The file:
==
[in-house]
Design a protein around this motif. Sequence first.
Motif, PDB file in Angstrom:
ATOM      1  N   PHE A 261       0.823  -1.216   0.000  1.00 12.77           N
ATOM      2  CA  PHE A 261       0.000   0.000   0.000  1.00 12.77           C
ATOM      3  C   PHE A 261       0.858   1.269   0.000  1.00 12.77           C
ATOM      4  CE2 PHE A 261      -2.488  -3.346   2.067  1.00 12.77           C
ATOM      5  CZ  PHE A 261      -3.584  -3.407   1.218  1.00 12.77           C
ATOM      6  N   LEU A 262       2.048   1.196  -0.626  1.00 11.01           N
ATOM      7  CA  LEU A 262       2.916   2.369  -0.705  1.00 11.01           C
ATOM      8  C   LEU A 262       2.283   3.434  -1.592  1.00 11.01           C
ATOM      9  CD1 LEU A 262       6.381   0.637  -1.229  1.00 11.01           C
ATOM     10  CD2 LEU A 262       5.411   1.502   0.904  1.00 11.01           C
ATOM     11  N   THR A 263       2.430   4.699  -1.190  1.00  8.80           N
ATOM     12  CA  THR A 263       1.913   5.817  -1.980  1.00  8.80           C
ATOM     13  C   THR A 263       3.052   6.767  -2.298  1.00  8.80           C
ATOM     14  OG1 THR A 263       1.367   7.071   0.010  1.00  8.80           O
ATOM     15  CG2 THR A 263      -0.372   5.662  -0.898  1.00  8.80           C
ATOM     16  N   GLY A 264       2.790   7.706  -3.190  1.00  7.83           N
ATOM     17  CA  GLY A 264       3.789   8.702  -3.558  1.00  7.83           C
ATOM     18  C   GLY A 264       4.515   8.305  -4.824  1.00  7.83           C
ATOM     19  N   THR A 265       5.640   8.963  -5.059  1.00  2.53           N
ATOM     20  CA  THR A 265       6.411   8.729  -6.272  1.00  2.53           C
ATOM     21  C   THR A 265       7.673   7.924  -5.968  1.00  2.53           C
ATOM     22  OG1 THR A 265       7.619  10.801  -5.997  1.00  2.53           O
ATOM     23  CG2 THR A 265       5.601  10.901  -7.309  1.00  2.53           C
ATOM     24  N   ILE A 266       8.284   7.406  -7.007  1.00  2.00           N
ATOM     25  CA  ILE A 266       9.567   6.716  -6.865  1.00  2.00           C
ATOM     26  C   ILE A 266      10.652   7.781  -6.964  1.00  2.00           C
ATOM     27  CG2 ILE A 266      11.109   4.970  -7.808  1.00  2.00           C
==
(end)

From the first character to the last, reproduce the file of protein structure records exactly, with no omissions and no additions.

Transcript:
[in-house]
Design a protein around this motif. Sequence first.
Motif, PDB file in Angstrom:
ATOM      1  N   PHE A 261       0.823  -1.216   0.000  1.00 12.77           N
ATOM      2  CA  PHE A 261       0.000   0.000   0.000  1.00 12.77           C
ATOM      3  C   PHE A 261       0.858   1.269   0.000  1.00 12.77           C
ATOM      4  CE2 PHE A 261      -2.488  -3.346   2.067  1.00 12.77           C
ATOM      5  CZ  PHE A 261      -3.584  -3.407   1.218  1.00 12.77           C
ATOM      6  N   LEU A 262       2.048   1.196  -0.626  1.00 11.01           N
ATOM      7  CA  LEU A 262       2.916   2.369  -0.705  1.00 11.01           C
ATOM      8  C   LEU A 262       2.283   3.434  -1.592  1.00 11.01           C
ATOM      9  CD1 LEU A 262       6.381   0.637  -1.229  1.00 11.01           C
ATOM     10  CD2 LEU A 262       5.411   1.502   0.904  1.00 11.01           C
ATOM     11  N   THR A 263       2.430   4.699  -1.190  1.00  8.80           N
ATOM     12  CA  THR A 263       1.913   5.817  -1.980  1.00  8.80           C
ATOM     13  C   THR A 263       3.052   6.767  -2.298  1.00  8.80           C
ATOM     14  OG1 THR A 263       1.367   7.071   0.010  1.00  8.80           O
ATOM     15  CG2 THR A 263      -0.372   5.662  -0.898  1.00  8.80           C
ATOM     16  N   GLY A 264       2.790   7.706  -3.190  1.00  7.83           N
ATOM     17  CA  GLY A 264       3.789   8.702  -3.558  1.00  7.83           C
ATOM     18  C   GLY A 264       4.515   8.305  -4.824  1.00  7.83           C
ATOM     19  N   THR A 265       5.640   8.963  -5.059  1.00  2.53           N
ATOM     20  CA  THR A 265       6.411   8.729  -6.272  1.00  2.53           C
ATOM     21  C   THR A 265       7.673   7.924  -5.968  1.00  2.53           C
ATOM     22  OG1 THR A 265       7.619  10.801  -5.997  1.00  2.53           O
ATOM     23  CG2 THR A 265       5.601  10.901  -7.309  1.00  2.53           C
ATOM     24  N   ILE A 266       8.284   7.406  -7.007  1.00  2.00           N
ATOM     25  CA  ILE A 266       9.567   6.716  -6.865  1.00  2.00           C
ATOM     26  C   ILE A 266      10.652   7.781  -6.964  1.00  2.00           C
ATOM     27  CG2 ILE A 266      11.109   4.970  -7.808  1.00  2.00           C